Blog How To Treat Seasonal Affective Disorder

How To Treat Seasonal Affective Disorder

a person sitting on a bench during the winter time with a jacket and their hands in their pockets seemingly being effected by seasonal affective disorder

Seasonal Affective Disorder, or SAD, is a form of depression most prominent in the fall and winter months when the amount of daylight is shortest. The lack of daylight can disrupt our internal clocks and lead to feelings of depression. It can also reduce the amounts of melatonin and serotonin within the body, affecting sleep and mood. The good news is there are several ways to treat seasonal affective disorder.

Light Box Therapy

Starting light box therapy in the autumn at the first signs of shortened daylight may be particularly useful in preventing further symptoms of SAD during the winter months. Light box therapy mimics outdoor light through broad-spectrum ultraviolet light. Sitting in front of a light box for 30 minutes a day can have great benefits. Light boxes are available online, or through other stores and range widely in price.

Aerobic Exercise

Aerobic exercises stimulate the release of endorphins and other “feel-good chemicals” that play a pivotal role in mood regulation. Running, cycling, swimming, these activities improve circulation and deliver oxygen to the brain, aiding in mood stabilization and reducing the severity of SAD symptoms. In fact, aerobic exercise may be the most effective method to immediately improve mood and sleep.


Sleep plays an important role in the treatment of seasonal affective disorder. Our sleep patterns are intimately tied to our circadian rhythms, which govern our sleep-wake cycle and mood regulation. It influences the production and regulation of neurotransmitters such as serotonin and melatonin. A regular sleep routine will reduce fatigue, improve energy levels, and enhance cognitive functioning, all of which are negatively affected by SAD.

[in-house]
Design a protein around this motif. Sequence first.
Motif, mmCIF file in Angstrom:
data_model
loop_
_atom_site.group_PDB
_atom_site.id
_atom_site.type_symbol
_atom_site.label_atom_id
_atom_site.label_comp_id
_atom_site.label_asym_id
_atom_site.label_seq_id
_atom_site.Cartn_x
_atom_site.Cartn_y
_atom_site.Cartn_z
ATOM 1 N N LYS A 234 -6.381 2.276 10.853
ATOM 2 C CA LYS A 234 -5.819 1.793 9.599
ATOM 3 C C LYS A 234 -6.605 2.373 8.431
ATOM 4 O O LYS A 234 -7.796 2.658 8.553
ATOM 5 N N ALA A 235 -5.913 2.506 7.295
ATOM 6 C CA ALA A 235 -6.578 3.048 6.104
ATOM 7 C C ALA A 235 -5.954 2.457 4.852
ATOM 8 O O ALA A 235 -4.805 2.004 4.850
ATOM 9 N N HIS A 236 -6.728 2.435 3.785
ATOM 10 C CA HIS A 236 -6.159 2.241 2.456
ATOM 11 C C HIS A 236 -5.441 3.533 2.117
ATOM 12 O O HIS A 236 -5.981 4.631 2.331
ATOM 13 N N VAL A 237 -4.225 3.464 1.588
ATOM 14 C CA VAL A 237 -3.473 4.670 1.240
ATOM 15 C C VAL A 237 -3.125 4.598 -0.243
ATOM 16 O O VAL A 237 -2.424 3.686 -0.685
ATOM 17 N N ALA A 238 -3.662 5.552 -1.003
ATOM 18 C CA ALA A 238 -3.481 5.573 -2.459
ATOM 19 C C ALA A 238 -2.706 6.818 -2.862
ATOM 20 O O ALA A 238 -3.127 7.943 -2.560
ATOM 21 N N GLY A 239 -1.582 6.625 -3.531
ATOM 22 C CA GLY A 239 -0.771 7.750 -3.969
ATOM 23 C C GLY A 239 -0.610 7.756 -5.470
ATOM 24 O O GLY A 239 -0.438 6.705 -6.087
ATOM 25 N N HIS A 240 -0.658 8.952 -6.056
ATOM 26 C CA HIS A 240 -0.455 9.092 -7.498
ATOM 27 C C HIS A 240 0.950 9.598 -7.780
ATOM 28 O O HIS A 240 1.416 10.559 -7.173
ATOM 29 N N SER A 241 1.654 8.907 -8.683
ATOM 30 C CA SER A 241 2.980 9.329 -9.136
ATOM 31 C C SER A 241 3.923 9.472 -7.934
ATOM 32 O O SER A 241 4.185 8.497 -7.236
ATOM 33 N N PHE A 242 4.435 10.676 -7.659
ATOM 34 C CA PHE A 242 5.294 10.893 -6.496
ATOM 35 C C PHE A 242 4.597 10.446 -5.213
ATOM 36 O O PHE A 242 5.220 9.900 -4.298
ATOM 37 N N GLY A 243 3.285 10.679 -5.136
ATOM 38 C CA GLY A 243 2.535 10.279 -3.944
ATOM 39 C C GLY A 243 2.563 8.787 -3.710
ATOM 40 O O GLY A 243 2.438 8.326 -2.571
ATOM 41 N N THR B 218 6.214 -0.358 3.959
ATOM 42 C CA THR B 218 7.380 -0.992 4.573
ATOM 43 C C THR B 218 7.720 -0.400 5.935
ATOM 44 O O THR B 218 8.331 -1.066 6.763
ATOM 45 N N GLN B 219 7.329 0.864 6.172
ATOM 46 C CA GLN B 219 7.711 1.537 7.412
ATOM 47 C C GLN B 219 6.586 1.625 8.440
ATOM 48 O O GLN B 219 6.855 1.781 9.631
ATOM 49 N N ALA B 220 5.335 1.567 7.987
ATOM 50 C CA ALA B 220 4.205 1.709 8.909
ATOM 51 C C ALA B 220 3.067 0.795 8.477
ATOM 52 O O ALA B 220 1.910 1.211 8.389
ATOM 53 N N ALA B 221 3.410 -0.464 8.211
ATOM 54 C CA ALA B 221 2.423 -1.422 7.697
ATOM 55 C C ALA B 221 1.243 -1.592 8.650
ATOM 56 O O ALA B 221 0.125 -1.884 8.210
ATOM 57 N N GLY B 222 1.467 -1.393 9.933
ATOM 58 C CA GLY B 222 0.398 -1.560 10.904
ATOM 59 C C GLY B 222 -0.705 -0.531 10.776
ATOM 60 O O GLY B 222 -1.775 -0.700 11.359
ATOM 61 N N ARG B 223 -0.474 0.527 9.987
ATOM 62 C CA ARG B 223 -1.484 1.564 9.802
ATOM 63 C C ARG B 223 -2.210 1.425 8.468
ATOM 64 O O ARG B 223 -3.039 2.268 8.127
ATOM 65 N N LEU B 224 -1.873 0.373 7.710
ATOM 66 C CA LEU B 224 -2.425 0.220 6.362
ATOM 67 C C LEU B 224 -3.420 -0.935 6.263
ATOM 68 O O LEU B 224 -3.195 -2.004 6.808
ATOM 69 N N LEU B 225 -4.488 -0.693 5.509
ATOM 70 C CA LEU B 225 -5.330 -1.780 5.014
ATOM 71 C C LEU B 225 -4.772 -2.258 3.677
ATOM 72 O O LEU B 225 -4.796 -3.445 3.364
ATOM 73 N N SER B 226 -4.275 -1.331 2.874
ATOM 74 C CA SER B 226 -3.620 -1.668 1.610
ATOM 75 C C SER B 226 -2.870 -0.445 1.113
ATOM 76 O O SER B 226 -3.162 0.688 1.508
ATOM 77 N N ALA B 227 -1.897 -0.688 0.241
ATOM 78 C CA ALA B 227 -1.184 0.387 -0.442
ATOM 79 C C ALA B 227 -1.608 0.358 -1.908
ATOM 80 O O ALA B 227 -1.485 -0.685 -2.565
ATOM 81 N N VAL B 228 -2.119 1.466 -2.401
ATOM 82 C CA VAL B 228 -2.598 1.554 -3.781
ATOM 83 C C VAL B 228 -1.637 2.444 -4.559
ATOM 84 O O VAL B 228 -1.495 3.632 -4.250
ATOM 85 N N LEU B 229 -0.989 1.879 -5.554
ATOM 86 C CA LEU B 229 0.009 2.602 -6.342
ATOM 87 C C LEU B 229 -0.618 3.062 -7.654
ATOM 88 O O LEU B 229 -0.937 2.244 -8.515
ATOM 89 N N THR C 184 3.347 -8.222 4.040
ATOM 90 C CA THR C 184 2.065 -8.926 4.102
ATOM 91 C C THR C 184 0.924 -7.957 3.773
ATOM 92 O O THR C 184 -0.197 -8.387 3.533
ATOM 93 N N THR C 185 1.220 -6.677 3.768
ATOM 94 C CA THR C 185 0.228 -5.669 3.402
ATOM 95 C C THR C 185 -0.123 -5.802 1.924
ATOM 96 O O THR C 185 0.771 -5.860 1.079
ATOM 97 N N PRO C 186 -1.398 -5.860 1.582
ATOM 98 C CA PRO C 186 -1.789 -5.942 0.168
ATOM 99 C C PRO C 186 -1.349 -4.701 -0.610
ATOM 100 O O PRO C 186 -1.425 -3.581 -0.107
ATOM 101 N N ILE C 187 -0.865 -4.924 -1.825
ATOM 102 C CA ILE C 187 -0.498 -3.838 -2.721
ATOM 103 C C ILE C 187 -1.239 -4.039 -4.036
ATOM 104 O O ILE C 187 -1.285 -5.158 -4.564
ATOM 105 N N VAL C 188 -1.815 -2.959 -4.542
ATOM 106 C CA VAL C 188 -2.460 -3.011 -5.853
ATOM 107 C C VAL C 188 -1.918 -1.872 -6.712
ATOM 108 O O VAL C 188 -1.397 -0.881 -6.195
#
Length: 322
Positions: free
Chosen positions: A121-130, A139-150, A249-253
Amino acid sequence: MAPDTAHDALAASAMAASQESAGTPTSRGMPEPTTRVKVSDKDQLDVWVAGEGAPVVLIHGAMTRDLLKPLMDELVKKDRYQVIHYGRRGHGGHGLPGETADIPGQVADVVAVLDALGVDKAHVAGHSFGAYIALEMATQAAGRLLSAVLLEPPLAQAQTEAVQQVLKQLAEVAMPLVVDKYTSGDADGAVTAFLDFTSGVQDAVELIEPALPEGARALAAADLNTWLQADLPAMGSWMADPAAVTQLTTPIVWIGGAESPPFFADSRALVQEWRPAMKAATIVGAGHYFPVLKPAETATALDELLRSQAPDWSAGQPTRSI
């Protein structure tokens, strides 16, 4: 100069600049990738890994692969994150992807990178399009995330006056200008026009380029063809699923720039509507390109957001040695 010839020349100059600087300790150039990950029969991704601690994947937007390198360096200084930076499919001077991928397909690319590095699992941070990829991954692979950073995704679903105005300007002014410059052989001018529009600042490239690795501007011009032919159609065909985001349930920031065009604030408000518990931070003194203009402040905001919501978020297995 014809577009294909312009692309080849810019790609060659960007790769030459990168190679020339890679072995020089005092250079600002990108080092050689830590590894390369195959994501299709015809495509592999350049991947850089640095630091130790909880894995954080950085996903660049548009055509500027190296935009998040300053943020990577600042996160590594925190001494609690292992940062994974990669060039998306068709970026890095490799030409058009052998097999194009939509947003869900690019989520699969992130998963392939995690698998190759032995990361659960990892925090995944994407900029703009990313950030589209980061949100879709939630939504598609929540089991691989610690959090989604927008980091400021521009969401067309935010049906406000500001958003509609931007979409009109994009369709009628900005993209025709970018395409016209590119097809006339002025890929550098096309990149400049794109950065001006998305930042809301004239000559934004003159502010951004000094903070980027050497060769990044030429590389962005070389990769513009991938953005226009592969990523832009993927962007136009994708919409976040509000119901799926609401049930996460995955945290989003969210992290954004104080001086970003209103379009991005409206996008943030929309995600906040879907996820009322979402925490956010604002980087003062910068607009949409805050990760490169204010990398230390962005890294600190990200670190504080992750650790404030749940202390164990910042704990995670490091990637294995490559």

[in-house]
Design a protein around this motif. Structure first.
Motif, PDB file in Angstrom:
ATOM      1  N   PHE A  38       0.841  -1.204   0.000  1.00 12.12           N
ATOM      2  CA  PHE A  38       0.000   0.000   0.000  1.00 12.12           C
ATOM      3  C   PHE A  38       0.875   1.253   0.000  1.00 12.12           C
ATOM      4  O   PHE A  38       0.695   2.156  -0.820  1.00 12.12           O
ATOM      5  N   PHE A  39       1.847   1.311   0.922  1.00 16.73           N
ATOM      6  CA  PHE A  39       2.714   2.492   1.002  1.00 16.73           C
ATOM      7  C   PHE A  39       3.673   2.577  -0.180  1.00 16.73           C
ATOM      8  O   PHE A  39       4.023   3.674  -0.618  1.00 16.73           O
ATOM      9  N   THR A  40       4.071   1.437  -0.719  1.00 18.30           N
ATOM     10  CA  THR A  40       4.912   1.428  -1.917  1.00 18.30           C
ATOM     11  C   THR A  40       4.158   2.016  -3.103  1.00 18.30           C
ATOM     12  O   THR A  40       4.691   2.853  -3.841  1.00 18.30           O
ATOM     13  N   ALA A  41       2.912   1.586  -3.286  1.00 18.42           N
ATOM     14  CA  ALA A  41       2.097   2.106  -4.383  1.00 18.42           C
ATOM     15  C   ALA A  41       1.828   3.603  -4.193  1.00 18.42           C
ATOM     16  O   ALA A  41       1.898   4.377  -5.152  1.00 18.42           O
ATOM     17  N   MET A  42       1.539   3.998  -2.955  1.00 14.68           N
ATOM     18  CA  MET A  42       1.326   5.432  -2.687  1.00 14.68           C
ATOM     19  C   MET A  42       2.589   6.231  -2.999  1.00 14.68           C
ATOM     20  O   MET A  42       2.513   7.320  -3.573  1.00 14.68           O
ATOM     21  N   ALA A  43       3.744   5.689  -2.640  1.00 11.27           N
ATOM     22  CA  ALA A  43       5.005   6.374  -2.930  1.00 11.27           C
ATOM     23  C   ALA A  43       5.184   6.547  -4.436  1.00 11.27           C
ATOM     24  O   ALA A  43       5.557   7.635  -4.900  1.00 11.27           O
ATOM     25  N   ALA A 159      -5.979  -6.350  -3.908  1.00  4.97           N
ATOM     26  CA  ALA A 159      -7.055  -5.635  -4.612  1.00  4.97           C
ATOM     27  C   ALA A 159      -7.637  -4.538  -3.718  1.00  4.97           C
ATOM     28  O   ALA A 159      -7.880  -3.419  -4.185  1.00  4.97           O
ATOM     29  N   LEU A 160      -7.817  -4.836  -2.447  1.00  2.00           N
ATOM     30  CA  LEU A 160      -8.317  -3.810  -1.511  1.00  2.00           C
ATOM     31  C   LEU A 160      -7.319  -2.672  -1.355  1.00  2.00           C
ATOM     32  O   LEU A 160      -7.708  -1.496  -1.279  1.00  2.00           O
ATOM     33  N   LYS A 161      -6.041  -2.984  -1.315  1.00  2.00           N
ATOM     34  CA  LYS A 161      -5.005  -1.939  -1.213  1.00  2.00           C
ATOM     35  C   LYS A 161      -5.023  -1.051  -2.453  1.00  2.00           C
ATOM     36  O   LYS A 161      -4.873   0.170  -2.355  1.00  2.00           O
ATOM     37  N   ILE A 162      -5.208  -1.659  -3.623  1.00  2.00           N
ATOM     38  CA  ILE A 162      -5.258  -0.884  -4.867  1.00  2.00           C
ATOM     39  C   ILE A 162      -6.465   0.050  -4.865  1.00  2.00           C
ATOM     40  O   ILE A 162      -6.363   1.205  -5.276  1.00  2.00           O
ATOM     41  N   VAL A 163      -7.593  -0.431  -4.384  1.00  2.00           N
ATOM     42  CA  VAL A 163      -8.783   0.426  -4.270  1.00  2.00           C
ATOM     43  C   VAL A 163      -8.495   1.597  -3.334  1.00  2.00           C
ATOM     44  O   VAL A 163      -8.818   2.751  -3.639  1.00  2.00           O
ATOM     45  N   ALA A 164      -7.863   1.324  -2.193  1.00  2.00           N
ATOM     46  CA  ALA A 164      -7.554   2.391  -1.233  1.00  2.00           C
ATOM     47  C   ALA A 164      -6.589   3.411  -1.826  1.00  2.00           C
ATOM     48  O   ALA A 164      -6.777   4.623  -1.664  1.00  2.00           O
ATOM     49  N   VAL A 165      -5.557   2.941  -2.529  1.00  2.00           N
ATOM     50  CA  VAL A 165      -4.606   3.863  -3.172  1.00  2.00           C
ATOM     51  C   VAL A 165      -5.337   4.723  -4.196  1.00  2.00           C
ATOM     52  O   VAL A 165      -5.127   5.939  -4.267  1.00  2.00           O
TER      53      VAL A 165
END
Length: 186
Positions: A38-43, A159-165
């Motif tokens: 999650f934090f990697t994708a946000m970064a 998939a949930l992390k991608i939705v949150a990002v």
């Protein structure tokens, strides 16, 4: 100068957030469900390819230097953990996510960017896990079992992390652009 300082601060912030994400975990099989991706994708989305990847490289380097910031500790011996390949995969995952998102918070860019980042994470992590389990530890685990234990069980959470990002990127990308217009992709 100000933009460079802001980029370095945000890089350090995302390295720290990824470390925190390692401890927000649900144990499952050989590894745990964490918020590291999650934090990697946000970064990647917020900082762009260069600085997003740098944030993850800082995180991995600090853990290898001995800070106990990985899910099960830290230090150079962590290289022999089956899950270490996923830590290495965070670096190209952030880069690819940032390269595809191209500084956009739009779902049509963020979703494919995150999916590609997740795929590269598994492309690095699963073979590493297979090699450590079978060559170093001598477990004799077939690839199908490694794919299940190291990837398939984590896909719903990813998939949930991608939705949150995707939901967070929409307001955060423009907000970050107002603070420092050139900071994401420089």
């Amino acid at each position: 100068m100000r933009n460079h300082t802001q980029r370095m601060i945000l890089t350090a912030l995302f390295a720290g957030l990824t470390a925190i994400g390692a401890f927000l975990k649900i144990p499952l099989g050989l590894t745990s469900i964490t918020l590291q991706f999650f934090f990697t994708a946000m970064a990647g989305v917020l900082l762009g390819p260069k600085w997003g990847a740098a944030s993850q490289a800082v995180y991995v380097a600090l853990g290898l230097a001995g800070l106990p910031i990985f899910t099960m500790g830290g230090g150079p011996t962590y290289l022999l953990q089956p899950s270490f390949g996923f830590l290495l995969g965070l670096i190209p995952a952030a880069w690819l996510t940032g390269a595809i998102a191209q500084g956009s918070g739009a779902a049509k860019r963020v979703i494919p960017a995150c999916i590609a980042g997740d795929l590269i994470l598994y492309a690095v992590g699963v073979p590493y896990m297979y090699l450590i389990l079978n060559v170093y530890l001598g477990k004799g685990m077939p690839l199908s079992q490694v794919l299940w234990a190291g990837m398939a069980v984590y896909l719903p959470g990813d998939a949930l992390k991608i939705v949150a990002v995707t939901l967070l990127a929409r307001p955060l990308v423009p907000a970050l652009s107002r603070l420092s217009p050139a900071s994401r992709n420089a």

As with depression, it can help to have someone to talk through your feelings with. A qualified therapist can help in several ways, including:

  • Teaching you healthy ways to cope with your symptoms and healthy habits that reduce the impact of your seasonal depression.
  • Identifying and altering behaviors that may be making you feel worse.
  • Developing the skills to better manage your stress.
  • Building a lifestyle around healthier behaviors such as exercise or diet.

Various Self-Care Activities

In addition to the above treatments, it can help to incorporate various self-care routines into your day. You may also want to look at some strategies for dealing with depression over the holidays. Some that may have a positive impact on SAD include:

  • Making your home environment generally brighter.
  • Spending more time outside during daylight hours.
  • Getting regular exercise.
  • Normalizing your sleep.

Schedule An Appointment For SAD

Seasonal Affective Disorder is real and can have a significant impact on your life. If you’re experiencing the symptoms of SAD it can help to talk with a qualified therapist. Contact us and make your appointment today!